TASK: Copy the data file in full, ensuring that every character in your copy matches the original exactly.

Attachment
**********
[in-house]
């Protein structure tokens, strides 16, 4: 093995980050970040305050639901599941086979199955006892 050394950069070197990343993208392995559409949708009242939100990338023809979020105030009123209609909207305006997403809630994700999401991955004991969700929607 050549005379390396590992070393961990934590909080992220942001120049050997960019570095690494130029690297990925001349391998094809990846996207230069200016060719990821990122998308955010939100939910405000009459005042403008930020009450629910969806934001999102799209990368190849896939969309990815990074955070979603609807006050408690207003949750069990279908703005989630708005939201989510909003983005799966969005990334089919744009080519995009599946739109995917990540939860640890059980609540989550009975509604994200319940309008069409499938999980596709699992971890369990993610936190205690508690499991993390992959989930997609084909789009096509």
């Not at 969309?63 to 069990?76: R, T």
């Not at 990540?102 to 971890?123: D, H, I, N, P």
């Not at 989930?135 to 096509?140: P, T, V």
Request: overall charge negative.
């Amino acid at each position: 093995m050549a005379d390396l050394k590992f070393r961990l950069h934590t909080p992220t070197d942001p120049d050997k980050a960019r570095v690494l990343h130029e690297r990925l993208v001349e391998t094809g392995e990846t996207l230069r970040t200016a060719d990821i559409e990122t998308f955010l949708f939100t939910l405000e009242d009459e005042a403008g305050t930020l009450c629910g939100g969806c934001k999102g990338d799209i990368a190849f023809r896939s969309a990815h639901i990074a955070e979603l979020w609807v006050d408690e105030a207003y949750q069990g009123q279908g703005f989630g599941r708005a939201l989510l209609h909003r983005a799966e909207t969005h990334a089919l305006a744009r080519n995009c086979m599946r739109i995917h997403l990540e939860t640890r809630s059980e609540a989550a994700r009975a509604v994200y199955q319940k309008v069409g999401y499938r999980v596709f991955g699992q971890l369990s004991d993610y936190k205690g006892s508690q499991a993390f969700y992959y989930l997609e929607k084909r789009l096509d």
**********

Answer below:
[in-house]
């Protein structure tokens, strides 16, 4: 093995980050970040305050639901599941086979199955006892 050394950069070197990343993208392995559409949708009242939100990338023809979020105030009123209609909207305006997403809630994700999401991955004991969700929607 050549005379390396590992070393961990934590909080992220942001120049050997960019570095690494130029690297990925001349391998094809990846996207230069200016060719990821990122998308955010939100939910405000009459005042403008930020009450629910969806934001999102799209990368190849896939969309990815990074955070979603609807006050408690207003949750069990279908703005989630708005939201989510909003983005799966969005990334089919744009080519995009599946739109995917990540939860640890059980609540989550009975509604994200319940309008069409499938999980596709699992971890369990993610936190205690508690499991993390992959989930997609084909789009096509």
């Not at 969309?63 to 069990?76: R, T």
């Not at 990540?102 to 971890?123: D, H, I, N, P």
């Not at 989930?135 to 096509?140: P, T, V």
Request: overall charge negative.
């Amino acid at each position: 093995m050549a005379d390396l050394k590992f070393r961990l950069h934590t909080p992220t070197d942001p120049d050997k980050a960019r570095v690494l990343h130029e690297r990925l993208v001349e391998t094809g392995e990846t996207l230069r970040t200016a060719d990821i559409e990122t998308f955010l949708f939100t939910l405000e009242d009459e005042a403008g305050t930020l009450c629910g939100g969806c934001k999102g990338d799209i990368a190849f023809r896939s969309a990815h639901i990074a955070e979603l979020w609807v006050d408690e105030a207003y949750q069990g009123q279908g703005f989630g599941r708005a939201l989510l209609h909003r983005a799966e909207t969005h990334a089919l305006a744009r080519n995009c086979m599946r739109i995917h997403l990540e939860t640890r809630s059980e609540a989550a994700r009975a509604v994200y199955q319940k309008v069409g999401y499938r999980v596709f991955g699992q971890l369990s004991d993610y936190k205690g006892s508690q499991a993390f969700y992959y989930l997609e929607k084909r789009l096509d």